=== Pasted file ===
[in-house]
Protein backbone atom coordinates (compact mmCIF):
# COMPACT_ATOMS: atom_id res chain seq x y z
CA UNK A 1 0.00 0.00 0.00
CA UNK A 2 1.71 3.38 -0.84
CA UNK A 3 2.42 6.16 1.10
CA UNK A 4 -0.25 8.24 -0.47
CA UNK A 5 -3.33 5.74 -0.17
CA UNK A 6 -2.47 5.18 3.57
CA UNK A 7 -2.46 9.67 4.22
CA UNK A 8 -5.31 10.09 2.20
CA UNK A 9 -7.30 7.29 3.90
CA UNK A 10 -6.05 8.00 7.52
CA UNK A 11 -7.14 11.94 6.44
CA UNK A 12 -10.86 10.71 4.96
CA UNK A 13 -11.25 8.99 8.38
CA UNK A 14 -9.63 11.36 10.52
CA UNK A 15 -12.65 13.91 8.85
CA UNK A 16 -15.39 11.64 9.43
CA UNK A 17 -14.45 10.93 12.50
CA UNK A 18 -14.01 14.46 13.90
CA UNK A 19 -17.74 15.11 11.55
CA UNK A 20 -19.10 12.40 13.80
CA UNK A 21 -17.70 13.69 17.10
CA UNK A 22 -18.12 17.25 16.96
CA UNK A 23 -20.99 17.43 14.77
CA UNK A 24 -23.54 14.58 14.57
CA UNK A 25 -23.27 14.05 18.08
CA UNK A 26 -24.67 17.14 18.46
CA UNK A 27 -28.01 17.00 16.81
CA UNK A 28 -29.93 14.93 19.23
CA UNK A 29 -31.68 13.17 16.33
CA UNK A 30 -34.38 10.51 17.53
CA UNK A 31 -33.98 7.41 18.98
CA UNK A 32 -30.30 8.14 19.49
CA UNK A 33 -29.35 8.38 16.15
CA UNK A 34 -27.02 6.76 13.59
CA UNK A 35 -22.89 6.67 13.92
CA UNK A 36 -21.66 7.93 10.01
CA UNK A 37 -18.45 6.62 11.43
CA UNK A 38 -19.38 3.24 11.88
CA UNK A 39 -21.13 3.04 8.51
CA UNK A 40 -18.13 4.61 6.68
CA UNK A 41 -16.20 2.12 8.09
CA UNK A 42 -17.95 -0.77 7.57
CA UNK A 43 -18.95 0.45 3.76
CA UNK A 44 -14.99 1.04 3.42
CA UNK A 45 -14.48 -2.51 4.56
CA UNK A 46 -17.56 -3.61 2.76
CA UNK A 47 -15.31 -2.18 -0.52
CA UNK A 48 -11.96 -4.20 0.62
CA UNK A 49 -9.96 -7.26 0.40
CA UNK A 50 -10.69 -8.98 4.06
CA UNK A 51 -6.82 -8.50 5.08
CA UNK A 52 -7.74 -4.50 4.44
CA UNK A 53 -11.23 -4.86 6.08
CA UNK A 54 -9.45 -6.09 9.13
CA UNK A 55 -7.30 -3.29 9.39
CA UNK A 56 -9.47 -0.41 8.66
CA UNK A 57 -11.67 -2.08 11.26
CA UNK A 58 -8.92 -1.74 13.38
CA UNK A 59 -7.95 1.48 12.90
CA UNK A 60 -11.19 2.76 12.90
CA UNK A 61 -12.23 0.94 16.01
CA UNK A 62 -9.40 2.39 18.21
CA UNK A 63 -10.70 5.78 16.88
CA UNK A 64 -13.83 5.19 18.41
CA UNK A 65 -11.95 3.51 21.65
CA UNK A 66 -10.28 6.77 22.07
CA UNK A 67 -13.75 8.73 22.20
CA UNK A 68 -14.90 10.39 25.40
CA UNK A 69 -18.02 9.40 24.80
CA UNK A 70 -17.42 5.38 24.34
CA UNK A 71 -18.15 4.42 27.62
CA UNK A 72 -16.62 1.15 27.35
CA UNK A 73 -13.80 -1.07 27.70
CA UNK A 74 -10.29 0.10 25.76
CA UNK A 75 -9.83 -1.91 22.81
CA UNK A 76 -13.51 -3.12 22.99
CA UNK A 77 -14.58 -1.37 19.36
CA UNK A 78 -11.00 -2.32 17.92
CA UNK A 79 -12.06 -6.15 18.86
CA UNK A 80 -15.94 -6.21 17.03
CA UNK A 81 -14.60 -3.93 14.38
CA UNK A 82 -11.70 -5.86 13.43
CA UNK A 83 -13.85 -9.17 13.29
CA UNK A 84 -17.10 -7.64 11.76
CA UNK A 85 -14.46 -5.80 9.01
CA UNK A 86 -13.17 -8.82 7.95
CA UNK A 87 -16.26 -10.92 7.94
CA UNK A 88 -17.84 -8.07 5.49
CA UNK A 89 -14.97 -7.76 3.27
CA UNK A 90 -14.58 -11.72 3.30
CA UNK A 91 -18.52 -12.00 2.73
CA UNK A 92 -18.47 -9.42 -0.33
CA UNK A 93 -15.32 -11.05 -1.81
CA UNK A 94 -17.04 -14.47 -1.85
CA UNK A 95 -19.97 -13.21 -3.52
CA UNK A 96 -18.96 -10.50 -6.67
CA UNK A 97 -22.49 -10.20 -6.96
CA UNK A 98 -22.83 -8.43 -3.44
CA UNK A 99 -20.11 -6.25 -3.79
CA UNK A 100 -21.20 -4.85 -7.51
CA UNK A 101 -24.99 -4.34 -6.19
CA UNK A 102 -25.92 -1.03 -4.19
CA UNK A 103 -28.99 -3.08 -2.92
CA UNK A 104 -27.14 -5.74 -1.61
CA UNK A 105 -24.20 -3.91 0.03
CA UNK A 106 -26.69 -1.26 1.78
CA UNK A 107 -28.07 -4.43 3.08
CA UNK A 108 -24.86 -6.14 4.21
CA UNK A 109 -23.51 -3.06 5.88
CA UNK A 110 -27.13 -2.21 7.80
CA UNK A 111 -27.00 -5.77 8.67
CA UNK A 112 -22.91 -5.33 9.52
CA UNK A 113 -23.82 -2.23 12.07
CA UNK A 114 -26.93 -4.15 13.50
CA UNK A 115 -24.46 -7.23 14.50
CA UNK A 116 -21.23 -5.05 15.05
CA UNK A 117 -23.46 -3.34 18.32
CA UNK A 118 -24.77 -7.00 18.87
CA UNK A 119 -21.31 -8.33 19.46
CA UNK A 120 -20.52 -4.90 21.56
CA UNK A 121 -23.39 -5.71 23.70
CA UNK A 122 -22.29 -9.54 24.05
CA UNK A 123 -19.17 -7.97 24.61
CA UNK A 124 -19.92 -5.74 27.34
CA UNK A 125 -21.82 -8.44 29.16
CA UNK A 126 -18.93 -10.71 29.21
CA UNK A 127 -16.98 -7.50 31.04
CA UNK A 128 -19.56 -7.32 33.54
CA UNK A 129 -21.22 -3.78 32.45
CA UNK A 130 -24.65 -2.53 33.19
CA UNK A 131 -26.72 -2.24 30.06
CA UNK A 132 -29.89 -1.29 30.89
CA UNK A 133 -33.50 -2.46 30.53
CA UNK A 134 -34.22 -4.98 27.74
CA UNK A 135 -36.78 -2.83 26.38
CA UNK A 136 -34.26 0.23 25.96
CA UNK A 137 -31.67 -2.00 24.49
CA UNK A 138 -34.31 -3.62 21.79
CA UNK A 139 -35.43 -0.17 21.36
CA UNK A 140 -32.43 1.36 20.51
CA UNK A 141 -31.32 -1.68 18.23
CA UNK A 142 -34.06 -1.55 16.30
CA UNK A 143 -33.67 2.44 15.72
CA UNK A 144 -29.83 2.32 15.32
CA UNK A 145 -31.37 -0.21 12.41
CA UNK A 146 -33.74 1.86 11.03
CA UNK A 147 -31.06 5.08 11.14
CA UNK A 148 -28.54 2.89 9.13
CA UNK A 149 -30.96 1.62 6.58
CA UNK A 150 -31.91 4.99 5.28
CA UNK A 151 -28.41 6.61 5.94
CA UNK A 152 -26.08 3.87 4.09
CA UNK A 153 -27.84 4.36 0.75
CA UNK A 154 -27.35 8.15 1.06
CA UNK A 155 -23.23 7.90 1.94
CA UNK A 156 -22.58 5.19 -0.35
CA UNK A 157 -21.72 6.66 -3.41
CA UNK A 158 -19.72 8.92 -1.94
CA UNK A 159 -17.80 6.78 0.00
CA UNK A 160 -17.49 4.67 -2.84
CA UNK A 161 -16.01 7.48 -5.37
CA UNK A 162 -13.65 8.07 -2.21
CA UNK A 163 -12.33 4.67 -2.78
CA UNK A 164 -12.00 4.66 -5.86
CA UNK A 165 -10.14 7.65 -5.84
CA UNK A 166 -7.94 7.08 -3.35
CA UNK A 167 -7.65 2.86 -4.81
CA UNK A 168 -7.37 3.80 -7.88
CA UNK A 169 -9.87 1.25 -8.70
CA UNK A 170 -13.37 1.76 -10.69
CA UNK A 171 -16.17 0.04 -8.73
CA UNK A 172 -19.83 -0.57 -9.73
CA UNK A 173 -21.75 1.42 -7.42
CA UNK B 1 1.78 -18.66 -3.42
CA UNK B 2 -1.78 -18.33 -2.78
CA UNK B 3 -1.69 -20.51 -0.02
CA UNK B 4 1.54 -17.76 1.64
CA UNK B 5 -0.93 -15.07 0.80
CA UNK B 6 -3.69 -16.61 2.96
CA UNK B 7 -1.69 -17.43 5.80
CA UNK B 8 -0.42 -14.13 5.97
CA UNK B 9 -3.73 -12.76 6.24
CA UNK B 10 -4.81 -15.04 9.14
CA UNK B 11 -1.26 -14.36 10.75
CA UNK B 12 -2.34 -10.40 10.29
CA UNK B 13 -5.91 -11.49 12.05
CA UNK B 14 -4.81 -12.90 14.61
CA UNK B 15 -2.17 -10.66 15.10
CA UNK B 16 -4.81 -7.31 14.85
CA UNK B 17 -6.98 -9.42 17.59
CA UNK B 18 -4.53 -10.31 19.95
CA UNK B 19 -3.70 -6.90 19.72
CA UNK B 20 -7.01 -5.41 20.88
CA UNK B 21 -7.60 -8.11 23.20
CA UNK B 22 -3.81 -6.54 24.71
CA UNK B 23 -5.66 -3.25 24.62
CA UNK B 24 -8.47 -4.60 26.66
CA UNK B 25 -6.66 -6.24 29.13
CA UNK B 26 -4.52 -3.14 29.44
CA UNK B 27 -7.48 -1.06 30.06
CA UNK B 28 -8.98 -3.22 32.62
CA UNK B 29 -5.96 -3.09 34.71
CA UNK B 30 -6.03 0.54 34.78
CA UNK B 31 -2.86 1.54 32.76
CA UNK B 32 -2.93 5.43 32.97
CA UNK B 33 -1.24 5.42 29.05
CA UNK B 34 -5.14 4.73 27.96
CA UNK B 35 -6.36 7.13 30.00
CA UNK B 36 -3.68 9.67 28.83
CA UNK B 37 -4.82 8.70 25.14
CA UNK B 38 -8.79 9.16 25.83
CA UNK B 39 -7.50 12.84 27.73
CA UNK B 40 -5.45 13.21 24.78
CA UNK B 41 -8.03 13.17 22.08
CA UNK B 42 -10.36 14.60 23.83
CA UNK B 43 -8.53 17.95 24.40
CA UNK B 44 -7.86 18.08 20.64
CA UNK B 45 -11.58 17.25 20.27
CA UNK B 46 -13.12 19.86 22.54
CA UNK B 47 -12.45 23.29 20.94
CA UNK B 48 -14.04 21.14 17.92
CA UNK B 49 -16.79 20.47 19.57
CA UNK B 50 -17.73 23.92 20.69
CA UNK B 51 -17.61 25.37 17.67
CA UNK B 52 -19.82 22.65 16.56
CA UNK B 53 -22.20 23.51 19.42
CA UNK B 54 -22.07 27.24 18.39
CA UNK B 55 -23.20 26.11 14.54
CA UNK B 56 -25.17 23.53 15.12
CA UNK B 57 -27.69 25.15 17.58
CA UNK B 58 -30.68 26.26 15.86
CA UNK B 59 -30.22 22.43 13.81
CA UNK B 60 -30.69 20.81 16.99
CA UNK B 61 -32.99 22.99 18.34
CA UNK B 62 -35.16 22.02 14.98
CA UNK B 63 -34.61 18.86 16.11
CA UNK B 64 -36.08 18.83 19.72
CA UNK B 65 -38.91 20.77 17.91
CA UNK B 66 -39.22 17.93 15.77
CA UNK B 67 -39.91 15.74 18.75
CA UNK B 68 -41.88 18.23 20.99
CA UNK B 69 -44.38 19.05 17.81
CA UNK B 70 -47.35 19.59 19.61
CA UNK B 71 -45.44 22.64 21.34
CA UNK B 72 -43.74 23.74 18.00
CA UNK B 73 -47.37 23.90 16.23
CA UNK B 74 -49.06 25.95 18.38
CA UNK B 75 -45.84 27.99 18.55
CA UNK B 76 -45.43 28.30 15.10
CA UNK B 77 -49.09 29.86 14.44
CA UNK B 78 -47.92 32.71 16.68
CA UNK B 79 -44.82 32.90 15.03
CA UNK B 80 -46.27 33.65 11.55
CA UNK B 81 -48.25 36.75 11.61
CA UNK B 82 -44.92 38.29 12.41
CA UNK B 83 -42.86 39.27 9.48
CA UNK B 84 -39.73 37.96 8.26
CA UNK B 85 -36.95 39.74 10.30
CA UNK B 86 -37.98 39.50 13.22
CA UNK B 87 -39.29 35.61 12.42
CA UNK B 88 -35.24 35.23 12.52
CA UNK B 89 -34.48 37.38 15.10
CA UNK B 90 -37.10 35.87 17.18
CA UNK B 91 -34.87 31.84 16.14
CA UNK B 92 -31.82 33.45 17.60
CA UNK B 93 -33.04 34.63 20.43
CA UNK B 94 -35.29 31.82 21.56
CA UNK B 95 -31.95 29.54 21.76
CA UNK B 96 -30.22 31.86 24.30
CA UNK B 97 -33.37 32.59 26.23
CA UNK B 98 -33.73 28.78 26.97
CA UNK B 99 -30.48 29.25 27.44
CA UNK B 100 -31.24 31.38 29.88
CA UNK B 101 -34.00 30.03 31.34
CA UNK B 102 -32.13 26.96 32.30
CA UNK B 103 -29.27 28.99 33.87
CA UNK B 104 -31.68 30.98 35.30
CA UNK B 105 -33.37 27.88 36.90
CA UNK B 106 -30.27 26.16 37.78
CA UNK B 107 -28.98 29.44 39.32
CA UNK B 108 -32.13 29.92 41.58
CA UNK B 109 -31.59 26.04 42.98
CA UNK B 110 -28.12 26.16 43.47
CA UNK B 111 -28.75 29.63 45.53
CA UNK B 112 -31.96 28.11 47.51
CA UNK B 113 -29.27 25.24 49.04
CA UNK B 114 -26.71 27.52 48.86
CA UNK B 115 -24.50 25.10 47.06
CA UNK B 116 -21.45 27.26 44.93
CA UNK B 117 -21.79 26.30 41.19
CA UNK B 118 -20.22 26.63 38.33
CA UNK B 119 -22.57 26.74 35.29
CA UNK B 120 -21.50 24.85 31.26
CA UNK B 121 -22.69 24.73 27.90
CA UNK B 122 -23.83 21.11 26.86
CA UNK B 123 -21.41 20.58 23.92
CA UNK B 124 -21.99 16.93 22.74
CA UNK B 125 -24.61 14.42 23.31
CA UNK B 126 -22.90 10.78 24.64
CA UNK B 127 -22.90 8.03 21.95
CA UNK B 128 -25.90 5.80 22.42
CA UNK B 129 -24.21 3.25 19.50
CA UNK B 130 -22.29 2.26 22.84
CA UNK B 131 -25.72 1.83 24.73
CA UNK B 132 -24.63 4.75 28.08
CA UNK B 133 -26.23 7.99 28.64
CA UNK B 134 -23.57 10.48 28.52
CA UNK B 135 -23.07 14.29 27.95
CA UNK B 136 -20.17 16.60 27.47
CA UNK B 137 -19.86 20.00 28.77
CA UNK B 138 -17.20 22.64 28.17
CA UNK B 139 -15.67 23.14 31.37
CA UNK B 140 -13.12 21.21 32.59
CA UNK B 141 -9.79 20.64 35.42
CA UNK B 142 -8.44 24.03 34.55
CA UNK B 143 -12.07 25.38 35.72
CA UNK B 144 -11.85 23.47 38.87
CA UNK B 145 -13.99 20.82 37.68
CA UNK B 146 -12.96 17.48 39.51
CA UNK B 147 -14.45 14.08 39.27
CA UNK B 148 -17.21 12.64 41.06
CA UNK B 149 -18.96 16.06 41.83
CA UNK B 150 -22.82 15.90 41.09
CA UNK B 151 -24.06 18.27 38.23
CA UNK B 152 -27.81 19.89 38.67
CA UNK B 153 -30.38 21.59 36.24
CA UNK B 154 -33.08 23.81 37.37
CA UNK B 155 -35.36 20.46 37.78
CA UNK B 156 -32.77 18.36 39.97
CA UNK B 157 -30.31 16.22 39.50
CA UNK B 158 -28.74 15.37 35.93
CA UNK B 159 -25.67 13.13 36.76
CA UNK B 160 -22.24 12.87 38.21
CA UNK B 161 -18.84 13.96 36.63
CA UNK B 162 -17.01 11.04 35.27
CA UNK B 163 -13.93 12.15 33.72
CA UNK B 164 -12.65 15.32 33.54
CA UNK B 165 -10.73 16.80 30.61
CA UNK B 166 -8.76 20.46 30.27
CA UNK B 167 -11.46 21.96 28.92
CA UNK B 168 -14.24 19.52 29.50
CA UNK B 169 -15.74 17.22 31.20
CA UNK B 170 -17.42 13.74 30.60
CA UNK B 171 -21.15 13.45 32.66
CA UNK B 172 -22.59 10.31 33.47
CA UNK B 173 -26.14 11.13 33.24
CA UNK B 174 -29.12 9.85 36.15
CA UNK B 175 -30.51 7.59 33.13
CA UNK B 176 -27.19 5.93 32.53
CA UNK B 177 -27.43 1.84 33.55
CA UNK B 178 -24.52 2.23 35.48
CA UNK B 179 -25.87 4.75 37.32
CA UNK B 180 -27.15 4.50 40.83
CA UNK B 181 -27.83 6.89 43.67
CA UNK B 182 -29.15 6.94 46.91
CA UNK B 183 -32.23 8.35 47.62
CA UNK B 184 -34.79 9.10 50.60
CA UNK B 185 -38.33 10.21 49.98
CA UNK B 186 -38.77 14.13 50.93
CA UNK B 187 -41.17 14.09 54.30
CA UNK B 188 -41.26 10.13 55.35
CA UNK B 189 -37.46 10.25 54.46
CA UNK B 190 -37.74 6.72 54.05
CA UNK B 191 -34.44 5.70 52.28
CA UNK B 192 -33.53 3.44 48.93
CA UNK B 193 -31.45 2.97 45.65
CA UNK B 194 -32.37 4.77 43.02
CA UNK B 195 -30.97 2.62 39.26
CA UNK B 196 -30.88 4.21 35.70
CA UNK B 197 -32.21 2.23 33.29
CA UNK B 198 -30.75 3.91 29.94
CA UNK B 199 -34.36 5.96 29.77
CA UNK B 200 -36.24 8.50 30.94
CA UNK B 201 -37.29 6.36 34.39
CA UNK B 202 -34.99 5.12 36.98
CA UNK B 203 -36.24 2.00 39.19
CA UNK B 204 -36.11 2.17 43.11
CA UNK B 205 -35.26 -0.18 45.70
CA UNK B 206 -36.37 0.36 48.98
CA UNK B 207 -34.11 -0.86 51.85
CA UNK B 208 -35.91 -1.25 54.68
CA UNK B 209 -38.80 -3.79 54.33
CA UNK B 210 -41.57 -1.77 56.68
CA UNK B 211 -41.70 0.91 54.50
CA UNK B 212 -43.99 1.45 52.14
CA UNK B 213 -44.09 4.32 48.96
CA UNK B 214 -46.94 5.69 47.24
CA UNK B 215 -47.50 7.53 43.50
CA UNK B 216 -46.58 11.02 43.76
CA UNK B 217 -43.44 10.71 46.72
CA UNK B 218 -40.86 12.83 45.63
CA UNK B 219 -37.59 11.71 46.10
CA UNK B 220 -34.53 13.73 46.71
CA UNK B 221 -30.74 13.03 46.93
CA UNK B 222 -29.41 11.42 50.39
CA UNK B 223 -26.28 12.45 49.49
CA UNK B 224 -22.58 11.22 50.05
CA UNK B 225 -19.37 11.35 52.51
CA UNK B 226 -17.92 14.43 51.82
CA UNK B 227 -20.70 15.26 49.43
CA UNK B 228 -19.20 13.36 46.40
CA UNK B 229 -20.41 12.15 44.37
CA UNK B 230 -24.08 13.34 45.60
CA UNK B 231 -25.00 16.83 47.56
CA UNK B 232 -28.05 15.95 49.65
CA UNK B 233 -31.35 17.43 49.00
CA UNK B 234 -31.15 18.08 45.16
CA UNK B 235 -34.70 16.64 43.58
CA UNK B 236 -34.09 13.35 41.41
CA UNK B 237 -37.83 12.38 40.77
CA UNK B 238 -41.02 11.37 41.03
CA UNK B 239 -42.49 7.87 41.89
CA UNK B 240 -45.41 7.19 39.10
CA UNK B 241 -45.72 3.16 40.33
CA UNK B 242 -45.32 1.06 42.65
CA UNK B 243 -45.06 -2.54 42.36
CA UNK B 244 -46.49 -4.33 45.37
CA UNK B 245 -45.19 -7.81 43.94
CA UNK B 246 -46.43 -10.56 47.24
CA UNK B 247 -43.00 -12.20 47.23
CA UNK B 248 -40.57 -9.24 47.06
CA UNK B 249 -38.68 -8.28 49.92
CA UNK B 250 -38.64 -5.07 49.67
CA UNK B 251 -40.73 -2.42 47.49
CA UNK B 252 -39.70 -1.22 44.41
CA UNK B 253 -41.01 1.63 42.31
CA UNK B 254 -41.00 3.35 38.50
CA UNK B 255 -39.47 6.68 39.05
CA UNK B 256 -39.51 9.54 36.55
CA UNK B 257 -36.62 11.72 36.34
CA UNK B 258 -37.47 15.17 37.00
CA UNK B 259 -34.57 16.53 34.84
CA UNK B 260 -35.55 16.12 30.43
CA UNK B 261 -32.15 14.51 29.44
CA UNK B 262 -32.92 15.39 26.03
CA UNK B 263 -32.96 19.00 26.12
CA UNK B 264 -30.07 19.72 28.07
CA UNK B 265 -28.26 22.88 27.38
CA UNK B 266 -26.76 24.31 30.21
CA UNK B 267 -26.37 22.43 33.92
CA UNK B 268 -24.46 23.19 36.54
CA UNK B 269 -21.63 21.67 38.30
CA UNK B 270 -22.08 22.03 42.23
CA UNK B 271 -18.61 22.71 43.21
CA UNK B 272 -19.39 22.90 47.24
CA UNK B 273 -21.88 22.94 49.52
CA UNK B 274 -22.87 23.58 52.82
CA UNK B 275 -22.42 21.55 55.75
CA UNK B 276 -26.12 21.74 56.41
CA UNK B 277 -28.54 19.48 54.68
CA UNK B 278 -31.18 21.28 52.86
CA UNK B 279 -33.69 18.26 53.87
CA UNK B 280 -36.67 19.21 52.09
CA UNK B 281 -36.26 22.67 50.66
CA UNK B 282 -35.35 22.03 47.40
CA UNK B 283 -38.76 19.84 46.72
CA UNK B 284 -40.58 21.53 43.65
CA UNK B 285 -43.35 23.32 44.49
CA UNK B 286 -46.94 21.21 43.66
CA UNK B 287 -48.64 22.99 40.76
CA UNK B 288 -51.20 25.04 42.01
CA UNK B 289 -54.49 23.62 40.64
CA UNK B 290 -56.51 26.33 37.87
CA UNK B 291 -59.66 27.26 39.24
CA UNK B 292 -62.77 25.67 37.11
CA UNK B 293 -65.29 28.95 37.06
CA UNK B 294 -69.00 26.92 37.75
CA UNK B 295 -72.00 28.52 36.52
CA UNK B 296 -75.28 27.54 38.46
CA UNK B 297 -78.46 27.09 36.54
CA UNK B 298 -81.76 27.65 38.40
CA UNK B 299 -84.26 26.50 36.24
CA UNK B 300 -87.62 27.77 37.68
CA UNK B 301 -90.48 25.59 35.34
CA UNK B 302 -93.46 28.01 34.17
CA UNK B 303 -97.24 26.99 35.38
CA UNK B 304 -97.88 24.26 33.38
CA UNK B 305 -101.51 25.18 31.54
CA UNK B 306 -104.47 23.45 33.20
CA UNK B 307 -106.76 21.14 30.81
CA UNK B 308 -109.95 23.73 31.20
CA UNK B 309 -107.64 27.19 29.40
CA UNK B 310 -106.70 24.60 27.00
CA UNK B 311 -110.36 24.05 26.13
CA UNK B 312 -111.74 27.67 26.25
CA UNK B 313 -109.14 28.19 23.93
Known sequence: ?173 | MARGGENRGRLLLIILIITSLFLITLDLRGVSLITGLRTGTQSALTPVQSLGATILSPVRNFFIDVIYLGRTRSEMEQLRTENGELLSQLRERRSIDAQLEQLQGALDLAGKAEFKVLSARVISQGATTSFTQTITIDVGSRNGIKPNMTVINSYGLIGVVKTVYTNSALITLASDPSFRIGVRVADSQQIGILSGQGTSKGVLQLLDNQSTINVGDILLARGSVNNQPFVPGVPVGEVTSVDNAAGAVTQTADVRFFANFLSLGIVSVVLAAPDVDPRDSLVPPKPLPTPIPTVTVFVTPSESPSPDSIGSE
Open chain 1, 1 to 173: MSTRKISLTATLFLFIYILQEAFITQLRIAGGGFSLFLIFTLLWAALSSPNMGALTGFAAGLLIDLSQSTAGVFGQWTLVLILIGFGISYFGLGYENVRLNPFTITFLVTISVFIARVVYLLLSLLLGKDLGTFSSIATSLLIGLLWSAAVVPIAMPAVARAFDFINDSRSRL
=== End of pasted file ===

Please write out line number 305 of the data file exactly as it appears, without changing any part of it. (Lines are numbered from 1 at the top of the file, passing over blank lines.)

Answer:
CA UNK B 129 -24.21 3.25 19.50